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What is the limitation period for professional negligence?

28 Feb 2022

In the words of 14th Century poet Chaucer, “time and tide wait for no man”, and this ancient proverb is no more relevant than in a litigation context.

Simply put, if you think you may have a potential professional negligence claim, you must act quickly, as there is a deadline by which a professional negligence claim must be brought, which is known as the ‘limitation period’.

The usual limitation period (sometimes referred to as ‘primary limitation’) in a professional negligence context is six years from the date of your loss.

However, the law does appreciate that it is not always clear that there has been negligence until some years later.

For example, your financial adviser may have advised you to invest into an offshore property development, and this development may have generated a return for seven years, but then suddenly collapsed in the eighth year from investment. Clearly, for the first seven years, it was reasonable for you to have not known that the advice was negligent, this only becoming apparent once the investment had failed in the eighth year from investment.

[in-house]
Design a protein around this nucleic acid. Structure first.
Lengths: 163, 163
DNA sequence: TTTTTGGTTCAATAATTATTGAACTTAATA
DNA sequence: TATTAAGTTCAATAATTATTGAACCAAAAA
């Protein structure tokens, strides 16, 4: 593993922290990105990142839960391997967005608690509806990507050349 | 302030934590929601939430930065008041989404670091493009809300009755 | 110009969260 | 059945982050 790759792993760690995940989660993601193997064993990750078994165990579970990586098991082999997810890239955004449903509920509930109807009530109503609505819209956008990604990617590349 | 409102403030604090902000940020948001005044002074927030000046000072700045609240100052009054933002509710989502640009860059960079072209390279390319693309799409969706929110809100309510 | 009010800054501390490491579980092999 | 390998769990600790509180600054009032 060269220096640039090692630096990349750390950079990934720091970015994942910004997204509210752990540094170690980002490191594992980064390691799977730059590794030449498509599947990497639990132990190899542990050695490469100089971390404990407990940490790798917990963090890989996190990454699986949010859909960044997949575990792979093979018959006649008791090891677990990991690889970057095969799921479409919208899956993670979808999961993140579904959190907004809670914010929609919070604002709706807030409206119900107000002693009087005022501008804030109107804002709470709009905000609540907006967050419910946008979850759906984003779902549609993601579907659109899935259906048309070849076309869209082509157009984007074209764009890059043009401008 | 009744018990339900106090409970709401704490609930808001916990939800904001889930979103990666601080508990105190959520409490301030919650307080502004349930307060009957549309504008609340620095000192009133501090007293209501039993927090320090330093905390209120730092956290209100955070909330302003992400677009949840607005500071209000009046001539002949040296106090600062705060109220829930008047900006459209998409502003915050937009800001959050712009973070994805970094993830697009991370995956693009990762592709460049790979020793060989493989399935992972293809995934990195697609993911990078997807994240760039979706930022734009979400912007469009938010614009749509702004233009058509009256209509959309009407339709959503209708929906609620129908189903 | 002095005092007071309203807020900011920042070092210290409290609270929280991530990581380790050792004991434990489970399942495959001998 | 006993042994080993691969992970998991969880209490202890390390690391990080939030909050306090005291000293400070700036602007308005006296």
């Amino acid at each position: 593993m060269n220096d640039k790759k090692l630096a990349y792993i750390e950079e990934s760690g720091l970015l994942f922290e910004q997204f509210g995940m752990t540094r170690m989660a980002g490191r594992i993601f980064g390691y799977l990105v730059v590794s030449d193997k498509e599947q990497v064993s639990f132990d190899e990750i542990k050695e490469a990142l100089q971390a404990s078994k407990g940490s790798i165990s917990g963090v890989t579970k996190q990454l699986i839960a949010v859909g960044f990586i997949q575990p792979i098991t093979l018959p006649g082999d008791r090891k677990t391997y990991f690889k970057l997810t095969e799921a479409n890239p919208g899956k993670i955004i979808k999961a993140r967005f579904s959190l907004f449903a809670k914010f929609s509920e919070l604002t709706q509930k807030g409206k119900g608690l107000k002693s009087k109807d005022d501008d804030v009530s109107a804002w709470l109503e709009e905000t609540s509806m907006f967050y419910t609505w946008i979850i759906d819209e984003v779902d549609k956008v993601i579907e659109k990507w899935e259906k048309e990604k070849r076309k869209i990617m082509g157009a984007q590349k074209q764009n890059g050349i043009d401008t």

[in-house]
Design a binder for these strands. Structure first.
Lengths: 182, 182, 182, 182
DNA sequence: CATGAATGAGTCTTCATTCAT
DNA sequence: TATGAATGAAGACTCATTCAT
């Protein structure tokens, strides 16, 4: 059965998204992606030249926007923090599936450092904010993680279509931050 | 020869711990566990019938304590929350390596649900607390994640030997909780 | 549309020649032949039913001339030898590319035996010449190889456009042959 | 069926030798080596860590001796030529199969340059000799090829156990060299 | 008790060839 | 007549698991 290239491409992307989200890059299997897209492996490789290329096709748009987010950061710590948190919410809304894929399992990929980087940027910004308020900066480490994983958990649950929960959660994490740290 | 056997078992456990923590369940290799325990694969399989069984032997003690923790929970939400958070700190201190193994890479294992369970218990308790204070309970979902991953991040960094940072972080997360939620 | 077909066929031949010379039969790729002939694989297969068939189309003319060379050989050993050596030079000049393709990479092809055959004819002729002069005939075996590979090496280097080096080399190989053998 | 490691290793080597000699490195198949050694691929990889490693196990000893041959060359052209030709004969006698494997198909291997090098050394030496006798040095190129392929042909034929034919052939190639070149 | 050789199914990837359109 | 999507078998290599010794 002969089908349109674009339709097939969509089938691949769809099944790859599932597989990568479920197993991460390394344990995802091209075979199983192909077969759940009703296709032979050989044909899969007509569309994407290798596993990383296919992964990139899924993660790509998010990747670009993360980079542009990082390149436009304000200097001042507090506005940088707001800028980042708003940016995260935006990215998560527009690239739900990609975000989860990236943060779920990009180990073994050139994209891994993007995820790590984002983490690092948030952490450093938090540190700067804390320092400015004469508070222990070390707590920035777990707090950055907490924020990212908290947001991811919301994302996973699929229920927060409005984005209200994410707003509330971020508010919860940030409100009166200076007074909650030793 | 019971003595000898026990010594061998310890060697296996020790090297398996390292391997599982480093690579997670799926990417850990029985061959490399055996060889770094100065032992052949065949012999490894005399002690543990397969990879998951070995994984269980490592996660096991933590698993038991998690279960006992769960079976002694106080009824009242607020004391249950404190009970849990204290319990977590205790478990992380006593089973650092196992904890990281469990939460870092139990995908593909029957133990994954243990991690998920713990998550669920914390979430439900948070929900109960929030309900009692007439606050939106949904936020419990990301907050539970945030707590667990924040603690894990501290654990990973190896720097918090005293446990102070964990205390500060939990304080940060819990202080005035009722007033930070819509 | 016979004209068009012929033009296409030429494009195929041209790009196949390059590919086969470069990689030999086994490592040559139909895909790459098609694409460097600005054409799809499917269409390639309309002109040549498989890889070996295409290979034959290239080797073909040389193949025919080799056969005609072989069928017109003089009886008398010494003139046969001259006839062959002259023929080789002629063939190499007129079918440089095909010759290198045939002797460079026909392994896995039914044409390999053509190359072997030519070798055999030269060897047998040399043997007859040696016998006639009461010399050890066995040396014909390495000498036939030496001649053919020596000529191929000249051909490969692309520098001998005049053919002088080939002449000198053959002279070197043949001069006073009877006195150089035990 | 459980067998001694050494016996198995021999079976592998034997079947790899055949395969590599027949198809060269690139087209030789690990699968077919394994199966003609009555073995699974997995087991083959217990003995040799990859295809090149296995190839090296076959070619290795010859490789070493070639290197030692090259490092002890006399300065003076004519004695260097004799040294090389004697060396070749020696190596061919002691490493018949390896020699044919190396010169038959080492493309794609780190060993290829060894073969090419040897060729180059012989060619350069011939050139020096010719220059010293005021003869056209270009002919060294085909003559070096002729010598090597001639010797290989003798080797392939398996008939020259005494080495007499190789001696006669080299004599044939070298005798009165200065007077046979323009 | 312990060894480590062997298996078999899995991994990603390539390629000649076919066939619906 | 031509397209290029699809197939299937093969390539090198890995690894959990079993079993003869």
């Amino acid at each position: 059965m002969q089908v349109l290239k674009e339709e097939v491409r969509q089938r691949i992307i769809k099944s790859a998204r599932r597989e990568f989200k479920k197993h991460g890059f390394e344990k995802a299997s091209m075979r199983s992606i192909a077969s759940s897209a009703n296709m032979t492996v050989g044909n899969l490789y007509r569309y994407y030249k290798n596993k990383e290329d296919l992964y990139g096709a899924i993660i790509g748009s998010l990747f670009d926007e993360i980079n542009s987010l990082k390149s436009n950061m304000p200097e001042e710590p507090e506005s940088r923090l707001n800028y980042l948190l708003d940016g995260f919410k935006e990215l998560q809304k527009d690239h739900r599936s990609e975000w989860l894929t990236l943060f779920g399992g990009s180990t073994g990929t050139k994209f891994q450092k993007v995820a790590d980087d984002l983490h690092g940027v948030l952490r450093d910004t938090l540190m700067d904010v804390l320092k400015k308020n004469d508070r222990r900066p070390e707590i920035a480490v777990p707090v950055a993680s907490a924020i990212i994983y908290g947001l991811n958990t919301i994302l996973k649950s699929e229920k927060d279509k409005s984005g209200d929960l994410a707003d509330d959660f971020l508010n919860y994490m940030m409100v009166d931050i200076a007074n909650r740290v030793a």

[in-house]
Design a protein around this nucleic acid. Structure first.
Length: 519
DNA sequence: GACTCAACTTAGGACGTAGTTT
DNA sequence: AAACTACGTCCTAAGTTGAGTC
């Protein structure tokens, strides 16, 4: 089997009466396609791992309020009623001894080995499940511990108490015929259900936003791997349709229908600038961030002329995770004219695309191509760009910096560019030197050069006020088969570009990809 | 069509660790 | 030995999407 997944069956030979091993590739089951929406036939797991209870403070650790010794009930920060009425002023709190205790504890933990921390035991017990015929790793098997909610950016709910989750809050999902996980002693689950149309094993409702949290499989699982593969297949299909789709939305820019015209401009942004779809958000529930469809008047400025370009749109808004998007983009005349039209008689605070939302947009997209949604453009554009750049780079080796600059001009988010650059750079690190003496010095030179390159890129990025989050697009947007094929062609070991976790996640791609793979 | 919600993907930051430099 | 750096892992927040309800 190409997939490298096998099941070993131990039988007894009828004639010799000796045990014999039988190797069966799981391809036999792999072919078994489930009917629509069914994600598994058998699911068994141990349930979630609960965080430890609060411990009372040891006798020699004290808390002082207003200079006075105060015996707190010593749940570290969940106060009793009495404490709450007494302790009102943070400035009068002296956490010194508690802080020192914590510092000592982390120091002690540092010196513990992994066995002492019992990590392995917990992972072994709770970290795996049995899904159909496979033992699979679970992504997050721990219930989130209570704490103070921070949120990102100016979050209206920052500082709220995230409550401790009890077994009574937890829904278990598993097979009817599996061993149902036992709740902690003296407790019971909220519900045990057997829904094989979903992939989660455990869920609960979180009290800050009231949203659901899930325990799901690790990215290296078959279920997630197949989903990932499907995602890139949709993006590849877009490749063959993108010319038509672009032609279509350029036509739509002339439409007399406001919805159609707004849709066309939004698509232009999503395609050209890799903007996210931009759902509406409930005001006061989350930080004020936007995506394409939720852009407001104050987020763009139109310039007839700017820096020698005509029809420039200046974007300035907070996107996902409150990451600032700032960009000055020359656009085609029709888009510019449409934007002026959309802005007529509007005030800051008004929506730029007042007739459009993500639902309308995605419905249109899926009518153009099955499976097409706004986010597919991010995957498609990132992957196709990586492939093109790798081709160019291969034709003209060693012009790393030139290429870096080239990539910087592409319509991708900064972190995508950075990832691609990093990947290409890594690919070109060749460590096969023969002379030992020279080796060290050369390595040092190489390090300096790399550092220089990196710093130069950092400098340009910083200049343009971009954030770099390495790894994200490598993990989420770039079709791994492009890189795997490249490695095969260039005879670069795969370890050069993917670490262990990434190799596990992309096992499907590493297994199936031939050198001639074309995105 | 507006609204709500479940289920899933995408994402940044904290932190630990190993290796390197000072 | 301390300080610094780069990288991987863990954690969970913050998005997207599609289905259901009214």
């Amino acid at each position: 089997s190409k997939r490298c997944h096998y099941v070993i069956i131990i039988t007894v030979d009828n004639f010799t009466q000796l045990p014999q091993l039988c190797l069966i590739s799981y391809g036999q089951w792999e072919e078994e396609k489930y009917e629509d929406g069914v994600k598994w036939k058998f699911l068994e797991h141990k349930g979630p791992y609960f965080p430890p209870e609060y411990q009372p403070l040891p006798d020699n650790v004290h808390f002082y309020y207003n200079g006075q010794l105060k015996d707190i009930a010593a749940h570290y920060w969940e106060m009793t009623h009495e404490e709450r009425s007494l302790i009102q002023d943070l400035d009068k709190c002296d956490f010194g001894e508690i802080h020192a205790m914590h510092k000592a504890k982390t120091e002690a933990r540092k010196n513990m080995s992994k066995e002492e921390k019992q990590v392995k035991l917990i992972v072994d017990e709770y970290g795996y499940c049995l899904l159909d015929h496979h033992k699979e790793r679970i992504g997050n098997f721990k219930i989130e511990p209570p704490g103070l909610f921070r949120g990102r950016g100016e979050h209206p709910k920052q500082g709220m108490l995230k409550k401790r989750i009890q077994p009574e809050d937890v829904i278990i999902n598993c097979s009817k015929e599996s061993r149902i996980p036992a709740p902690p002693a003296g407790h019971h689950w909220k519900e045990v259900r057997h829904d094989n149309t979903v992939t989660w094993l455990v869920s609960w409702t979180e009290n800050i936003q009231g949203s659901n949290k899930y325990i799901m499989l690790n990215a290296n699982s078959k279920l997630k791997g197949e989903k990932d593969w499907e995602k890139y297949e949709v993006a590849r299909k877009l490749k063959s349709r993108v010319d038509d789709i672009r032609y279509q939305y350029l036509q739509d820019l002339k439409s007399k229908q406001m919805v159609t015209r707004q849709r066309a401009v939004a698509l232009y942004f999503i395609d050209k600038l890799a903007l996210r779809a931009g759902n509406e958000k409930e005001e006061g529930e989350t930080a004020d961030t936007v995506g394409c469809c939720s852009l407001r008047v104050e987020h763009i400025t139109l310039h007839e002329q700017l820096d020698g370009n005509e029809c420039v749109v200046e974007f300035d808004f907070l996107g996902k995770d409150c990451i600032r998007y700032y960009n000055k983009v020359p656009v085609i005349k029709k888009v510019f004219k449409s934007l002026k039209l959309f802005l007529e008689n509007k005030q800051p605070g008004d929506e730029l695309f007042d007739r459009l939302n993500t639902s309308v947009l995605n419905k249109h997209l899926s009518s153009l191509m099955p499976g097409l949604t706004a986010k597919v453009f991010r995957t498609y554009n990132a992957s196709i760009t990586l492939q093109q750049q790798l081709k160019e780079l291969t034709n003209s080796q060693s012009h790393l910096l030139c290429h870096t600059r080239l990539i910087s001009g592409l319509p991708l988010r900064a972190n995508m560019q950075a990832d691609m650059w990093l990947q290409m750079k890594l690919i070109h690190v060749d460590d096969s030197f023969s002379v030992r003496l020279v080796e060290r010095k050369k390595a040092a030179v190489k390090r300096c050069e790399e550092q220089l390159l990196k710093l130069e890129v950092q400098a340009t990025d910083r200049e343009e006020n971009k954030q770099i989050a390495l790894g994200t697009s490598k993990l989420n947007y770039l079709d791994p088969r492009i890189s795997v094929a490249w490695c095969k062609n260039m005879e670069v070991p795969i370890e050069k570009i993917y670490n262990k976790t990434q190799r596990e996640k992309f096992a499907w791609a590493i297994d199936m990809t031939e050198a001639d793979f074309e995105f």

There is, therefore, a second limitation period of three years from the date that you knew, or reasonably ought to have known, of the negligence (sometimes referred to as a ‘date of knowledge’).

In the above example, it can be seen how even when the six year primary limitation period has expired, there are reasonable grounds to bring the claim up to 11 years after the negligent financial advice (i.e. three years from year eight, which was when the negligence became ‘known’).

However, there is a longstop date of 15 years from the date of the negligence/loss in which the claim must be brought, after which, irrespective of when you first knew, or ought reasonably to have known, of a potential claim, you cannot bring the claim. It is ‘extinguished’, and lost to the sands of time.

It is important for claimants and defendants to know that if the limitation period has expired then a defendant has a complete defence to a professional negligence claim. It does not matter whether a claimant is certain that they can prove the negligence. If the time limit has run out, there is (unless deliberate concealment can be shown) nothing that can be done.

If you think you have been subject to professional negligence, and have suffered a loss as a result, then you need to act immediately to ensure that your right to bring the claim is not extinguished.

Again, in the words of Chaucer: ‘there is a time and a place for everything’, and if you think you may have a potential professional negligence claim, and require expert legal advice, then that time is now.

How we can help

If you think you have been subject to professional negligence and would like to discuss, please contact our professional negligence team.

Written by

Tristam Razzell